Future of work
How to foster business growth and collaboration in 2021
Following on from a year of disruption, Stuart Templeton, head of UK at Slack, shares his advice on continuing workplace transformation throughout 2021.
With the UK business landscape remaining in pandemic limbo, it's clear that a move back to office-based working is not a priority. 2020 saw the biggest transformation in the way that we work and this permanent shift will continue to evolve into the new year.
Looking forward to 2021, how can businesses become more agile, and turn challenges into new opportunities?
The office as we know it is no more
Although remote working was a first for many this year, it is not a new practice. Certain businesses have encouraged remote work for years, and some of tech’s biggest players will no longer require workers to attend a physical office once returning is considered safe. In fact, Slack’s latest Future Forum research shows that only 8.4% of respondents would prefer to work in the office full time. The pandemic has proved that it is not essential for teams to remain in a central location in order to get quality work done.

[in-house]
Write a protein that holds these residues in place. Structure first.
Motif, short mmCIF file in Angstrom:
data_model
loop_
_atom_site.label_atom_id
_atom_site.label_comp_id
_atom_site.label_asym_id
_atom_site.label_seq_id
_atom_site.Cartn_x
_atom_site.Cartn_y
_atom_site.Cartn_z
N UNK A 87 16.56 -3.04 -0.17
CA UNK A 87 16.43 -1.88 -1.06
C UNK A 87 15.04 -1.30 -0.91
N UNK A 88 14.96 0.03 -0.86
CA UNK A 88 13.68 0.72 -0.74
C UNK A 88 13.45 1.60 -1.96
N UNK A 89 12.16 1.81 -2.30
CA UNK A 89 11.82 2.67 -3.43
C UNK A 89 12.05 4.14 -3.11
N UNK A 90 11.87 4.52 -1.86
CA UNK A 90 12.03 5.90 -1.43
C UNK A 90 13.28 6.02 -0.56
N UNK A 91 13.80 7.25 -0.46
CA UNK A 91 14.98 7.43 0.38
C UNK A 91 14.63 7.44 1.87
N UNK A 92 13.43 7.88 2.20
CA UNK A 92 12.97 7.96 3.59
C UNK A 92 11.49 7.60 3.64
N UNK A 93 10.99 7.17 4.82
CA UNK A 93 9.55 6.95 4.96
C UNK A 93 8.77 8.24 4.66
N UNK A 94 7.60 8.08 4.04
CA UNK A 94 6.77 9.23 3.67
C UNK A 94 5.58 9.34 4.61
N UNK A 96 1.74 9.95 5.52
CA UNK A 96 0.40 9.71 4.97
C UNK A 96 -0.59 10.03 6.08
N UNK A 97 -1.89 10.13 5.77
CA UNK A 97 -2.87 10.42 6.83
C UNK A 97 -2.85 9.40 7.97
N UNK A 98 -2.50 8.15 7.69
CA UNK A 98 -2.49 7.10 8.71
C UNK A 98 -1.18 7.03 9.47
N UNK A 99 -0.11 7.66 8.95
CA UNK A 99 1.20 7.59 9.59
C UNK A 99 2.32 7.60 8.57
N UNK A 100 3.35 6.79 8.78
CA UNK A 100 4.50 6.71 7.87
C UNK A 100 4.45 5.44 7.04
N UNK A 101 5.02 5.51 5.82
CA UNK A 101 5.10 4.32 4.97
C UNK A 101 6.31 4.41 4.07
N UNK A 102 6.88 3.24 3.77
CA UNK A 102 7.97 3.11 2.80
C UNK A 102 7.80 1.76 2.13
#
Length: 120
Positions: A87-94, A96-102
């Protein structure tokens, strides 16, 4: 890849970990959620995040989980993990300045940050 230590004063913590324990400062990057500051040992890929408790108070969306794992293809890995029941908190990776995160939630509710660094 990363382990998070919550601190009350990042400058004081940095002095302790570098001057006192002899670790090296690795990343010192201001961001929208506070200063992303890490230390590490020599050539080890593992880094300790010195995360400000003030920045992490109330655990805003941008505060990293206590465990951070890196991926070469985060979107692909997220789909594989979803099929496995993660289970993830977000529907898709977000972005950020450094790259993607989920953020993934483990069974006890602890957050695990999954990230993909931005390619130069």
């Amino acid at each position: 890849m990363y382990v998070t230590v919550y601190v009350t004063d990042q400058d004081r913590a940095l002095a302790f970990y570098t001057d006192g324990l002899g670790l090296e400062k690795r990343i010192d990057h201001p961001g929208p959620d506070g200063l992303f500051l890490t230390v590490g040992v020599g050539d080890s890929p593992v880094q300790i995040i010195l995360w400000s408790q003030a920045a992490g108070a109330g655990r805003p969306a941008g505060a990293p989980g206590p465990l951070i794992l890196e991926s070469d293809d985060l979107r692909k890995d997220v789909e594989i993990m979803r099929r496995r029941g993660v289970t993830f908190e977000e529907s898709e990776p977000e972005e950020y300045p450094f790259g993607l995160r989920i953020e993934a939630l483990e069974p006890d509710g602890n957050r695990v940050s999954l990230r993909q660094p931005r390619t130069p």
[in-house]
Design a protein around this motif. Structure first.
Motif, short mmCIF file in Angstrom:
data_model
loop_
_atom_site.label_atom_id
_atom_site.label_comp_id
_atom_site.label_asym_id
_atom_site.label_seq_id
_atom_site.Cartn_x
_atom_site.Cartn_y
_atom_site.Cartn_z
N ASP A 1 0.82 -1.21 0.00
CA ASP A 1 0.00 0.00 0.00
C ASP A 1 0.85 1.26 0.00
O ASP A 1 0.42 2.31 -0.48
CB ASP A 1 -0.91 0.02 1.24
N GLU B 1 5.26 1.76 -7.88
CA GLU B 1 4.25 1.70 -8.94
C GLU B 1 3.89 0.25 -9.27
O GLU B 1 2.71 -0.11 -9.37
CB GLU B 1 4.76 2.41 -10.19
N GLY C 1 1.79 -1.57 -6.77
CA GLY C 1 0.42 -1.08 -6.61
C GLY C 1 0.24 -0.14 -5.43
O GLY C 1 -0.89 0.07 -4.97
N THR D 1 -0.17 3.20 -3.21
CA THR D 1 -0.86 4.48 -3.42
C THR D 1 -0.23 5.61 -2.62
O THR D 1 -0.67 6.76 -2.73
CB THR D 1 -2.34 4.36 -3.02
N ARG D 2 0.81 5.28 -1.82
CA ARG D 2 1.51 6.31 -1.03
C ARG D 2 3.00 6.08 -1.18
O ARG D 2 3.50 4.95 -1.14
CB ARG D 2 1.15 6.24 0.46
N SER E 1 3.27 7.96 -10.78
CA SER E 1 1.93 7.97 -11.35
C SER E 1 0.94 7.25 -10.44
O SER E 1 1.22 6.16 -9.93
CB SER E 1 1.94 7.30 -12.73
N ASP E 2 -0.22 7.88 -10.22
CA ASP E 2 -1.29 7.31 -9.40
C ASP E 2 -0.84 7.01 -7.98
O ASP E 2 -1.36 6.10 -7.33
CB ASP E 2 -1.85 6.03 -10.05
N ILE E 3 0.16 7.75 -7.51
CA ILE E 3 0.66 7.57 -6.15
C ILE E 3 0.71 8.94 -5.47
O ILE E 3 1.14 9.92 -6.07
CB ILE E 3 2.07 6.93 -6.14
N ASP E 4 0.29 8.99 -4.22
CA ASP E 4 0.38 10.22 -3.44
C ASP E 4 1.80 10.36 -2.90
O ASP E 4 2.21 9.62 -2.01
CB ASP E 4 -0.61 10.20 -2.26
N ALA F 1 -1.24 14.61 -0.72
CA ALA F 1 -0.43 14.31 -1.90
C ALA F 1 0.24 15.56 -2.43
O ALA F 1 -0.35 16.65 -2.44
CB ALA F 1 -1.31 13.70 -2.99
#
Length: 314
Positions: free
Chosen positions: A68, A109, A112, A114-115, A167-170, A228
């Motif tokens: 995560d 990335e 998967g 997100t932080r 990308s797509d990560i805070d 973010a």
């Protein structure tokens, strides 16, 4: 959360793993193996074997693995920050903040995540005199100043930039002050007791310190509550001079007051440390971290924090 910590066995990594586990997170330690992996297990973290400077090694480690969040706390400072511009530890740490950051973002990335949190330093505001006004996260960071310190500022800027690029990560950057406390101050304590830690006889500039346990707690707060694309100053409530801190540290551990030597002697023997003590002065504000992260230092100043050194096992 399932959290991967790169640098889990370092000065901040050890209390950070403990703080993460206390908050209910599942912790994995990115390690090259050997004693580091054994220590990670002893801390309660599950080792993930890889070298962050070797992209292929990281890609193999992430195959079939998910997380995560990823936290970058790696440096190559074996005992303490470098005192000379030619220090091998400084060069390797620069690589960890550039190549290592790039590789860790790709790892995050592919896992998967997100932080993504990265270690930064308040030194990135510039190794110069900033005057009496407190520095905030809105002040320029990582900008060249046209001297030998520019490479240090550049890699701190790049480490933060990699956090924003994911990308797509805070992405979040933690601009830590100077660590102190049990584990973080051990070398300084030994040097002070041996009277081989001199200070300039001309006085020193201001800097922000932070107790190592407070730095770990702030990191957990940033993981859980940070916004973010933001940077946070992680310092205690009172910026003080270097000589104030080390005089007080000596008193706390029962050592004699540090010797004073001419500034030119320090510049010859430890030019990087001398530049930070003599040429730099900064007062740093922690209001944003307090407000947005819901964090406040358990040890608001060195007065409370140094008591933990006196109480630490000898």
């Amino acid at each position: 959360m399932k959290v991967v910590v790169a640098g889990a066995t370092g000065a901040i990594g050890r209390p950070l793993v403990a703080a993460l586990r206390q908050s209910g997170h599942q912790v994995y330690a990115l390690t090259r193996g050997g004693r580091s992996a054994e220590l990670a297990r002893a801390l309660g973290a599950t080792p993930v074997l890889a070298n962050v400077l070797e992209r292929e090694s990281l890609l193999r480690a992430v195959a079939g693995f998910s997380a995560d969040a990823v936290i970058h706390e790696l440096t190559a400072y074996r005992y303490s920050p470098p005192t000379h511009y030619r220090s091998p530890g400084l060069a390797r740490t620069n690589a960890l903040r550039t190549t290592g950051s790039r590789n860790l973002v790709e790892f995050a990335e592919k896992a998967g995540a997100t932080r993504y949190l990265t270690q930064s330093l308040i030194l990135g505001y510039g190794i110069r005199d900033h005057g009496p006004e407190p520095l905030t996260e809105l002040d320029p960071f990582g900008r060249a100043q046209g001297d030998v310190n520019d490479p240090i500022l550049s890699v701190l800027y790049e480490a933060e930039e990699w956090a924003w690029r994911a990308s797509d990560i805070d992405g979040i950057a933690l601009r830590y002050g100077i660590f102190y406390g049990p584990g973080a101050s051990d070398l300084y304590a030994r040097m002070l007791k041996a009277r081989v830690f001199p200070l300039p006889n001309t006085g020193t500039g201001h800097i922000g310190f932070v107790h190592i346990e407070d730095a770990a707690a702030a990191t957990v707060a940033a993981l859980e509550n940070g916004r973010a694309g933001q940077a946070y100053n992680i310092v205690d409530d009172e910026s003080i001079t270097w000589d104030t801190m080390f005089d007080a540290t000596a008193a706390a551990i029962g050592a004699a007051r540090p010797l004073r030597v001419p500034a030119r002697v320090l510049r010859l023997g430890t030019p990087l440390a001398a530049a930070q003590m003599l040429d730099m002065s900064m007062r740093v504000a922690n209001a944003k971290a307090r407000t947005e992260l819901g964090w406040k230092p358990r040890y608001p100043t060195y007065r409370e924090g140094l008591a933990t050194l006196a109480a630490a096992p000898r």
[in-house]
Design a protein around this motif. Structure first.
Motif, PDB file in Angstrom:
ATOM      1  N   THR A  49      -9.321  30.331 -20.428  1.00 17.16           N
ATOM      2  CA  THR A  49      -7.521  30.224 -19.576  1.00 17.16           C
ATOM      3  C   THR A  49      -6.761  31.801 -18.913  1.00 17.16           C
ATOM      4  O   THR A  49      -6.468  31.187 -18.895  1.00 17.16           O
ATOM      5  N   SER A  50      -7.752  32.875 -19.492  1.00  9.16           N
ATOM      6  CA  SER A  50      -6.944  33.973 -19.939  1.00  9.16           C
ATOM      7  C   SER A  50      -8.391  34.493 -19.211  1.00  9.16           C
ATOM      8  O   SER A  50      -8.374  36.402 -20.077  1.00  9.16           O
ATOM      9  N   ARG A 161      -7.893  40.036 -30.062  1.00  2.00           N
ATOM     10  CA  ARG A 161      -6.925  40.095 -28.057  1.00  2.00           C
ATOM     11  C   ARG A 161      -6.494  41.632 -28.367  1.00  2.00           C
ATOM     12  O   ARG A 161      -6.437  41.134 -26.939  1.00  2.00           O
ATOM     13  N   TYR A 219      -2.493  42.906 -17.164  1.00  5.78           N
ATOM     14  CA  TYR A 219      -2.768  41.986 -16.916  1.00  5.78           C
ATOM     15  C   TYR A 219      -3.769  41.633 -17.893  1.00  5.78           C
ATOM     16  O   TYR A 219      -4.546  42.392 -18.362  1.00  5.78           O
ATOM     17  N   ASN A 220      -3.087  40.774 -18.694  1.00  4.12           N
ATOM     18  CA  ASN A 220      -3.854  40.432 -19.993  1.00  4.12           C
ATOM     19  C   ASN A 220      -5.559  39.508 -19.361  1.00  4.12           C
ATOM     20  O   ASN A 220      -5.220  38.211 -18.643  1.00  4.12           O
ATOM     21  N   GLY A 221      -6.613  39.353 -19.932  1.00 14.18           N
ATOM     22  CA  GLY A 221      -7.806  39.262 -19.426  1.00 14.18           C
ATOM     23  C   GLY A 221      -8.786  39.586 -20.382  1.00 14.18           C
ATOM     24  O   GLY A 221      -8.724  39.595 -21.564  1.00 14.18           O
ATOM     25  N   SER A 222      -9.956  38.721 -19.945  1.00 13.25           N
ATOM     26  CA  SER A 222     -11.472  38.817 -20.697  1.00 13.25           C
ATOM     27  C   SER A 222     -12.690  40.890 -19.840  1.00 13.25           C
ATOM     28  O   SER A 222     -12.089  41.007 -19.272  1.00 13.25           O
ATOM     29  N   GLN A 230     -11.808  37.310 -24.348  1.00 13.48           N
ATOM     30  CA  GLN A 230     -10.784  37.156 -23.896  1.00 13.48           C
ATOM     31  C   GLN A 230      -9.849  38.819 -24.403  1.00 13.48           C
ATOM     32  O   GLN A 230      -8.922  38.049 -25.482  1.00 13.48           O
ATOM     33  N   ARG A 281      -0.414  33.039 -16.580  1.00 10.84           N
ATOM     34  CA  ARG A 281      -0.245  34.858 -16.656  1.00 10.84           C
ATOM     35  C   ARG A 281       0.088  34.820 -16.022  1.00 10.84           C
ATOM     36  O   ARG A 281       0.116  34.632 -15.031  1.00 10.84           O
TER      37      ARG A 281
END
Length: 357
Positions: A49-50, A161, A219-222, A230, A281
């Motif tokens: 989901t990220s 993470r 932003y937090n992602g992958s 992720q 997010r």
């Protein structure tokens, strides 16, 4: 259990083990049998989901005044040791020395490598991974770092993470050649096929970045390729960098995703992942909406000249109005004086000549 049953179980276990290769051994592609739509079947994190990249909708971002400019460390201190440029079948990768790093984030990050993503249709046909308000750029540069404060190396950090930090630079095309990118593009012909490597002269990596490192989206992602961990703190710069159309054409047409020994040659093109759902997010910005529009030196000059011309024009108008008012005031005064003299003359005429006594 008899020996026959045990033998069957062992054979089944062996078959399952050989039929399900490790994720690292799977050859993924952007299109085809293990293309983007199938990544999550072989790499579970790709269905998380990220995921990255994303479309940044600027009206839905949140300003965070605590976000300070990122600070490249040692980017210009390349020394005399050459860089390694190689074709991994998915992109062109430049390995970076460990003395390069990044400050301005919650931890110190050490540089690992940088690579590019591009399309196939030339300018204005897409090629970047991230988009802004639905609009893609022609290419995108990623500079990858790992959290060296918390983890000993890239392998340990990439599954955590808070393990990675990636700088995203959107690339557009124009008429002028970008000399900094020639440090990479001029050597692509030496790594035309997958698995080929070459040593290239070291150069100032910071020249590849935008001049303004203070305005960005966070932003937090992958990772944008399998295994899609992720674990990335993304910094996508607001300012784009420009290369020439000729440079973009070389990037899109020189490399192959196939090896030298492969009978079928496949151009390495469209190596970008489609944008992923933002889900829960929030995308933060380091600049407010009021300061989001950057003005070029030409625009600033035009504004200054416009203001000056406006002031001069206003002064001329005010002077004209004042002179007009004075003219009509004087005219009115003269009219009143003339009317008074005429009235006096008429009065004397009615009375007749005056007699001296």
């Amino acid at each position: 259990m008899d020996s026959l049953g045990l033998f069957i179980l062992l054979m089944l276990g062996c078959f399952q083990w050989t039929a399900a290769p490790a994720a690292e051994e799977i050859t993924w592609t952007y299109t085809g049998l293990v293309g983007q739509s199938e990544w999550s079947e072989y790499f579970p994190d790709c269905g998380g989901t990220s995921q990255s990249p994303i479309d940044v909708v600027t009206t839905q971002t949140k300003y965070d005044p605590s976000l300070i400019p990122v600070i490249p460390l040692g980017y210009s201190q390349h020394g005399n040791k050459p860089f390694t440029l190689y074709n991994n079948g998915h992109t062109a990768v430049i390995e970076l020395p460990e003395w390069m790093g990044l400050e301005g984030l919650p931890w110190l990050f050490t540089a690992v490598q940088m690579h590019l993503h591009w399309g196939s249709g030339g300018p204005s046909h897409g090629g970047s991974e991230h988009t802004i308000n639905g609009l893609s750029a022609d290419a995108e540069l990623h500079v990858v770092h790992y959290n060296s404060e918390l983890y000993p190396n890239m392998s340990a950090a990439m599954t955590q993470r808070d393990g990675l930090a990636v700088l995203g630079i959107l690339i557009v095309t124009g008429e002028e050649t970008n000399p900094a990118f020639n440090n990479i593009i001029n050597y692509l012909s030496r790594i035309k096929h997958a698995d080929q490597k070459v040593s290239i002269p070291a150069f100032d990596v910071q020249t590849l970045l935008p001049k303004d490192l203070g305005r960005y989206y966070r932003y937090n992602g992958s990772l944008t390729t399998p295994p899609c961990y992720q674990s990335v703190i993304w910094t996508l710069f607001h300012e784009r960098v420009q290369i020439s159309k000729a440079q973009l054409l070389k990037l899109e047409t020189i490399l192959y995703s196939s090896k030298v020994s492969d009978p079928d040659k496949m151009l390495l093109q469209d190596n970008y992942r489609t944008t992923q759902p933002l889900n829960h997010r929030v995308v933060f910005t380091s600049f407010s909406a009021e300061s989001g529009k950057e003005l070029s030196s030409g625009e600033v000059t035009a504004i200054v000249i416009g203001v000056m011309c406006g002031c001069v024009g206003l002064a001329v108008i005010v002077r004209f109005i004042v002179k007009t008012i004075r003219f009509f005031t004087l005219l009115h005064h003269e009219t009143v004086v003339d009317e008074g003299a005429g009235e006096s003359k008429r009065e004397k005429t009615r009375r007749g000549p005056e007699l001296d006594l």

Thanks to technological advancements in cloud computing, collaboration platforms, and mobile networks, remote working was already on the rise. This has been accelerated greatly due to the pandemic, which has highlighted that a physical office is not essential for effective work, while fast tracking the digital transformation of businesses.
With a hybrid approach, where employees work from the office some days and work at home other days, people can benefit from an improved work-life balance and companies can reduce costs associated with the daily running of an office.
However, simply adopting remote working and, for example, a video conferencing tool, will not meaningfully transform a business for the better. Companies that want to thrive moving forward must use the demise of the office as a starting point to place agility and transparency at the core of their operations.
Creating a mindset of agility and transparency